With the departure of former US President Donald Trump, the controversial Canada-US Keystone XL oil pipeline is back in the headlines, however, experts say the project has always cast a shadow of uncertainty.
The privately financed pipeline project planned to transport 830,000 barrels a day (bpd) of heavy crude oil extracted from the oil sands of Canada’s Alberta province down 1,900 kilometers to the US state of Nebraska to join a network of existing pipelines.
From there, the oil will be transported through existing pipelines to refineries across the Gulf of Mexico.
Former President Barack Obama had rejected the Keystone XL (KXL) in November 2015 after a seven-year review due to its potential environmental impact and its effect on human and animal health along its path. Trump, however, shortly after taking office in January 2017 signed an executive order allowing TC Energy -- formerly known as TransCanada -- to reapply for the construction of the project.
The pipeline has faced years of ongoing protests by environmental activists and organizations, indigenous communities, farmers, and company owners along its planned route.
It has always been the focus of criticism due to the impending high emissions levels over its life cycle and its propensity for spillages.
-Canadian producers already braced for project reversal
The controversial pipeline has come to the agenda again after the newly elected US President Joe Biden signed an executive order as soon as he assumed office on Jan. 20, revoking Trump's decision to cancel the CAN$8 billion (US6.29 billion) project.
"Canadian oil sands producers have become accustomed to bad news over the past six years -- be it global price routs, demand destruction, or local infrastructure constraints -- and have adjusted the scale and pace of upstream development accordingly," Norway-based Rystad Energy's Vice President for North American Shale, Thomas Liles, told Anadolu Agency.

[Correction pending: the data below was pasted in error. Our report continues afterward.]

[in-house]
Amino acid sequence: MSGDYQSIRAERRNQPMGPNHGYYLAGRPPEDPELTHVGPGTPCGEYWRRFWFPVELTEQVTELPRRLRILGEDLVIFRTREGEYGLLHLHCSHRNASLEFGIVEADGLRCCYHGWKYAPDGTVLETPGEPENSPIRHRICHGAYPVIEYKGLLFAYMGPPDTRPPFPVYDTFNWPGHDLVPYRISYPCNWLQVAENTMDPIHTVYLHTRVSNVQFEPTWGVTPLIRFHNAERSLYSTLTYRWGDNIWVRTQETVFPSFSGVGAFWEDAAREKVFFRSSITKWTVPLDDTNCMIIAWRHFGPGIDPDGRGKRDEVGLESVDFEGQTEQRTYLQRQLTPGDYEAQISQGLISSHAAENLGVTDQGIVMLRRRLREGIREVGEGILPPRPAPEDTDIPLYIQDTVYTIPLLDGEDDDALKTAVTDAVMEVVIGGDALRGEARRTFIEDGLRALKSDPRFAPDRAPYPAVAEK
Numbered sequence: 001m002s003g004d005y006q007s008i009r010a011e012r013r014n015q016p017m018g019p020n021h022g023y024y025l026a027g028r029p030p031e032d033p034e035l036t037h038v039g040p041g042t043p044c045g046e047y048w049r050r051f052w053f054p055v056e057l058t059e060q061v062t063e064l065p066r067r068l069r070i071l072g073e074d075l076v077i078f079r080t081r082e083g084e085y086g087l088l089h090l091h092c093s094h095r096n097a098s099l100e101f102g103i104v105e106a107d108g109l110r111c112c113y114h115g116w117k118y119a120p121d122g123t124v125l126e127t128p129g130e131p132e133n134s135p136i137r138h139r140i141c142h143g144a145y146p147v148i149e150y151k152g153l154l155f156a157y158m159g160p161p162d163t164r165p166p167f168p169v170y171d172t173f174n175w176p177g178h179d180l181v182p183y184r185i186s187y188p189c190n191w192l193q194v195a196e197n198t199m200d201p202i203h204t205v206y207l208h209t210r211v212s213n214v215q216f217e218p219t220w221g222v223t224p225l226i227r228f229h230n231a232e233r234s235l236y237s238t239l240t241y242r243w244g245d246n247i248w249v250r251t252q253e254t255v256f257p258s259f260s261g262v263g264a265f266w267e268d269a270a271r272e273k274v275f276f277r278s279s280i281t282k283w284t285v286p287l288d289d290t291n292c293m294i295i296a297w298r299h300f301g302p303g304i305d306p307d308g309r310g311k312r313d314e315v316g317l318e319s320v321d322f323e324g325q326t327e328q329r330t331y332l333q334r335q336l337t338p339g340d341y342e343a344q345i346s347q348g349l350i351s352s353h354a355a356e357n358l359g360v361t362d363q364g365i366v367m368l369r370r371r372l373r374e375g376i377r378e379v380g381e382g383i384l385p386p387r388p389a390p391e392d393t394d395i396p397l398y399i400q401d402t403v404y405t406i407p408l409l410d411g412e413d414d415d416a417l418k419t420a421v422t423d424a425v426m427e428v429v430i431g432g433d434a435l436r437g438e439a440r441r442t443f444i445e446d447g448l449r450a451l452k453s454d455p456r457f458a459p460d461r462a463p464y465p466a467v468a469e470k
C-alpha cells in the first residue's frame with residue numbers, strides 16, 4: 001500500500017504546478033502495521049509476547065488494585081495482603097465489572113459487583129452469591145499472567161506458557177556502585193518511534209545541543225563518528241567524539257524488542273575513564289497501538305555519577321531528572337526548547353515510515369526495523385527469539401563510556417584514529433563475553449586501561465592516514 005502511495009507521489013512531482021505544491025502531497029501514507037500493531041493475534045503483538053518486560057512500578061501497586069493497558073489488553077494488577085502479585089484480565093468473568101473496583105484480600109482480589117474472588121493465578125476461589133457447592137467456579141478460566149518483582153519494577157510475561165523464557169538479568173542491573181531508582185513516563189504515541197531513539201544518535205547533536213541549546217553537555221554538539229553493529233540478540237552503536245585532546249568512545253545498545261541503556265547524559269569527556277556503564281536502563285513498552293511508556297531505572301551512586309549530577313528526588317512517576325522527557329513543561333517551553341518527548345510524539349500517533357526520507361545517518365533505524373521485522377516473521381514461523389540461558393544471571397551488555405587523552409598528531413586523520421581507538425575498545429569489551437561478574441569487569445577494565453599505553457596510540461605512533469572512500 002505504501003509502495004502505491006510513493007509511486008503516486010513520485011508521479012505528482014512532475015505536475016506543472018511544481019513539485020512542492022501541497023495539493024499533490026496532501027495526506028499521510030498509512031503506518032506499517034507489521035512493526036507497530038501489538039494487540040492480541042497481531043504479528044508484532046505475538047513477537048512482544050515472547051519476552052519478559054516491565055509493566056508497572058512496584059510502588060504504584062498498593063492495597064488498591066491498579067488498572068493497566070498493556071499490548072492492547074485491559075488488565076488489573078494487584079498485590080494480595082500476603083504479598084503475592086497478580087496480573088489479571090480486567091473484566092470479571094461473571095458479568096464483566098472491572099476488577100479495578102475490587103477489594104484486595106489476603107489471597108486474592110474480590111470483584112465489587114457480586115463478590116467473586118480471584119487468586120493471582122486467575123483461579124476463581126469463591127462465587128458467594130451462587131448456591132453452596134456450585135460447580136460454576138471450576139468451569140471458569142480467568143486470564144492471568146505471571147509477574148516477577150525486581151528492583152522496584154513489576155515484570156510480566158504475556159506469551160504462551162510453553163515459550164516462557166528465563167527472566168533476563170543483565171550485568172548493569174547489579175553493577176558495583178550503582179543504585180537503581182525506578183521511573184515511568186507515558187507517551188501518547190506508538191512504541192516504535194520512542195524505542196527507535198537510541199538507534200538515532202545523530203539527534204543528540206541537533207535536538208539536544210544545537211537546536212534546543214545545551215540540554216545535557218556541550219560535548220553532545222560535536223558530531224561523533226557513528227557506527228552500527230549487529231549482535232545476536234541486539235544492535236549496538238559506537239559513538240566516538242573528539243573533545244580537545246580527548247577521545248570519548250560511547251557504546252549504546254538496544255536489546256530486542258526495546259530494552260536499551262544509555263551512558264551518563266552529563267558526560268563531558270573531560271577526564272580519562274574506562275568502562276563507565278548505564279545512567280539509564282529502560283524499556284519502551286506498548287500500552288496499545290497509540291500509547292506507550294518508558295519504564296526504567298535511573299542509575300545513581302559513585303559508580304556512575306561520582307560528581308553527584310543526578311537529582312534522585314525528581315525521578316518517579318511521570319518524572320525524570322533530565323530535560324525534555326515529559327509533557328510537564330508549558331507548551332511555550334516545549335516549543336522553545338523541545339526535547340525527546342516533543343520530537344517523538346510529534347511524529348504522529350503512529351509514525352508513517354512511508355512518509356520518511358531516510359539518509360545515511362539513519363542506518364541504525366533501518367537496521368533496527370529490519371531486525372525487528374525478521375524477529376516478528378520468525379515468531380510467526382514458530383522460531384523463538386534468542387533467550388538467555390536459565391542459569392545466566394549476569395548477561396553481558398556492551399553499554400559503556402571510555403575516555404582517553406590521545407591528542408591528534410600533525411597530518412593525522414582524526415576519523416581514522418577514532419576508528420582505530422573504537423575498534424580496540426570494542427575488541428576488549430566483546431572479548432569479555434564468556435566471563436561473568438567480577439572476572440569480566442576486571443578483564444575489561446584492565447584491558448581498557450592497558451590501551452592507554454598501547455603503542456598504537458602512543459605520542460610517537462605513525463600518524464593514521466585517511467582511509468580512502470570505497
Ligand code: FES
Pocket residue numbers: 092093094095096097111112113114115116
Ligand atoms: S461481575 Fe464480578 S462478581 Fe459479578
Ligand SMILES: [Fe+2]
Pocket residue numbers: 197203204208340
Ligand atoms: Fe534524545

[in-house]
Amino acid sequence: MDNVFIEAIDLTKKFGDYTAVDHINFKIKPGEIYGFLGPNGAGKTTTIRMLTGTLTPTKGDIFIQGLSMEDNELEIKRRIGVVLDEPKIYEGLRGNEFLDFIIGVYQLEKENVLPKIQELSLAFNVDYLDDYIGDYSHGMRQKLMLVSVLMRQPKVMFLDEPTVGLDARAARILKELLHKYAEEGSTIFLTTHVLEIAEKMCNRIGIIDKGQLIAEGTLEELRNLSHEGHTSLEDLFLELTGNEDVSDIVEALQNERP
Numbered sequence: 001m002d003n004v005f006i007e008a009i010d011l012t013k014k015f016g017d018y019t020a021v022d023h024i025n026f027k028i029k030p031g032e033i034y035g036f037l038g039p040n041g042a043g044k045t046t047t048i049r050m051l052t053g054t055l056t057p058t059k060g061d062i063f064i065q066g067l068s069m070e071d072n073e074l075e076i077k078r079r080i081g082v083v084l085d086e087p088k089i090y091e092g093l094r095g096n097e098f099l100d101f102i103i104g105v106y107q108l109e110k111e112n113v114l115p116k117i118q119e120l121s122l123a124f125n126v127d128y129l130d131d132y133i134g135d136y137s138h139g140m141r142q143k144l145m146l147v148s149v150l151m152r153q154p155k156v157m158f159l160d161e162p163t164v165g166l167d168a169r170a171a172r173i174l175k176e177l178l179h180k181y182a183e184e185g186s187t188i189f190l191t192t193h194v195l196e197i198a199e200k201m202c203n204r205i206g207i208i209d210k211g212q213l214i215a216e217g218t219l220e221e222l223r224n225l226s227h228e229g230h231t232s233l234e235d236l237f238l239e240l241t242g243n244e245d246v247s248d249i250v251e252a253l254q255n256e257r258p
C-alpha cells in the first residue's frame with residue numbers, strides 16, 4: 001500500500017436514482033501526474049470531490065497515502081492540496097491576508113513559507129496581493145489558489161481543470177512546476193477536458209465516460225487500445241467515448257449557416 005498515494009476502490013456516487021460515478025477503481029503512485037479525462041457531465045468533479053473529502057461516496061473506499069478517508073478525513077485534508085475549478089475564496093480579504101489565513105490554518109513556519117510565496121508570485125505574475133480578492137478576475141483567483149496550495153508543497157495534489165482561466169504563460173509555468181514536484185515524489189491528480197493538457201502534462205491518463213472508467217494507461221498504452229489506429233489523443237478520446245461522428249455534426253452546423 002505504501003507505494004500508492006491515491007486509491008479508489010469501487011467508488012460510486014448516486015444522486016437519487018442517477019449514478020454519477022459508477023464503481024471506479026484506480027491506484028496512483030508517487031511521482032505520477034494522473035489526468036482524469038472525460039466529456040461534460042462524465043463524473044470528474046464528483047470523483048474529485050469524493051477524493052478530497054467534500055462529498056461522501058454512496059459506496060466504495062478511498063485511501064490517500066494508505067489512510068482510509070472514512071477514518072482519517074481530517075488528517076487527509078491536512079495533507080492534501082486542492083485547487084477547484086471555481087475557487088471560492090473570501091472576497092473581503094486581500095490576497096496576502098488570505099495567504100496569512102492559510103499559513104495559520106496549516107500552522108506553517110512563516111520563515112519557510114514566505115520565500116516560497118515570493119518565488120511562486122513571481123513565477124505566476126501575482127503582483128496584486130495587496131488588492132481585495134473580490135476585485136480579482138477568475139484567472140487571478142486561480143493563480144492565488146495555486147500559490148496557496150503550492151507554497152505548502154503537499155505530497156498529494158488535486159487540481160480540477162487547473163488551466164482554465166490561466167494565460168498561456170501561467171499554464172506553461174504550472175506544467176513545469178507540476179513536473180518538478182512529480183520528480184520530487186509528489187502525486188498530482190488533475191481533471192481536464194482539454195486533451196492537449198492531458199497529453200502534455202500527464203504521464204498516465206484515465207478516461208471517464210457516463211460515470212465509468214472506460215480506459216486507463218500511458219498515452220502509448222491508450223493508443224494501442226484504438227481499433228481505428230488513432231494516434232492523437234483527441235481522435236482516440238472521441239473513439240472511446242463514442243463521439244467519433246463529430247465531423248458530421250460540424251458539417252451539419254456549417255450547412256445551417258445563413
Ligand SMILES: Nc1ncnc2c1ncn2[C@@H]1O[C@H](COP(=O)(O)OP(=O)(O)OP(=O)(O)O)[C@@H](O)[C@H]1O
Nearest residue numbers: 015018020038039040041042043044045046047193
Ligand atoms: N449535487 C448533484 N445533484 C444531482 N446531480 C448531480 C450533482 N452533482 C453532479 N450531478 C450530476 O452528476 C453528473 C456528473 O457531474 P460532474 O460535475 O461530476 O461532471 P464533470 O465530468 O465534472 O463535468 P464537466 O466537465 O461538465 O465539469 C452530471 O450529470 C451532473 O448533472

Liles said while a formal cancelation would certainly come as unwelcome news in the Canadian oil patch, however, the impact on Western Canadian oil production in the near- to mid-term "is likely to be muted."
"Canadian producers have already factored egress constraints into their near-term growth profiles, not to mention uncertainty over demand," he said, noting that total out-of-basin oil exports from Western Canada were expected to average between 4.2 million and 4.4 million barrels per day over the next few years.
He said assuming the Keystone XL is canceled; Canadian producers would be left with two major pipeline newbuilds – the Enbridge's Line 3 Replacement with 370,000 bpd in incremental export capacity between the Canadian border and Superior, Wisconsin, and the Trans Mountain Expansion project, which carries incremental egress of 590,000 bpd from Edmonton, Alberta, to Burnaby, British Columbia, with further tidewater access to international markets.
"While the politics around KXL will continue to reverberate for some time, the reality is that Western Canada -- for the first time in recent memory -- may soon reach a juncture at which it has excess oil export capacity," he said.
-US and Canada due to discuss future of project
Biden's first call with a foreign leader will be with Canadian Prime Minister Justin Trudeau on Friday, during which the duo are expected to discuss the pipeline expansion project.
After Biden signed an executive order to cancel the KXL project soon after his inauguration on Wednesday, Canadian Prime Minister Justin Trudeau said the move was disappointing.
Alberta Premier Jason Kenney called on the Trudeau government to ask the US to "sit down and discuss the decision."
"If, however, the US government refuses to open the door to a constructive and respectful dialogue about these issues, then it is clear that the government of Canada must impose meaningful trade and economic sanctions in response to defend our country's vital economic interests," he said.
By Sibel Morrow and Firdevs Yuksel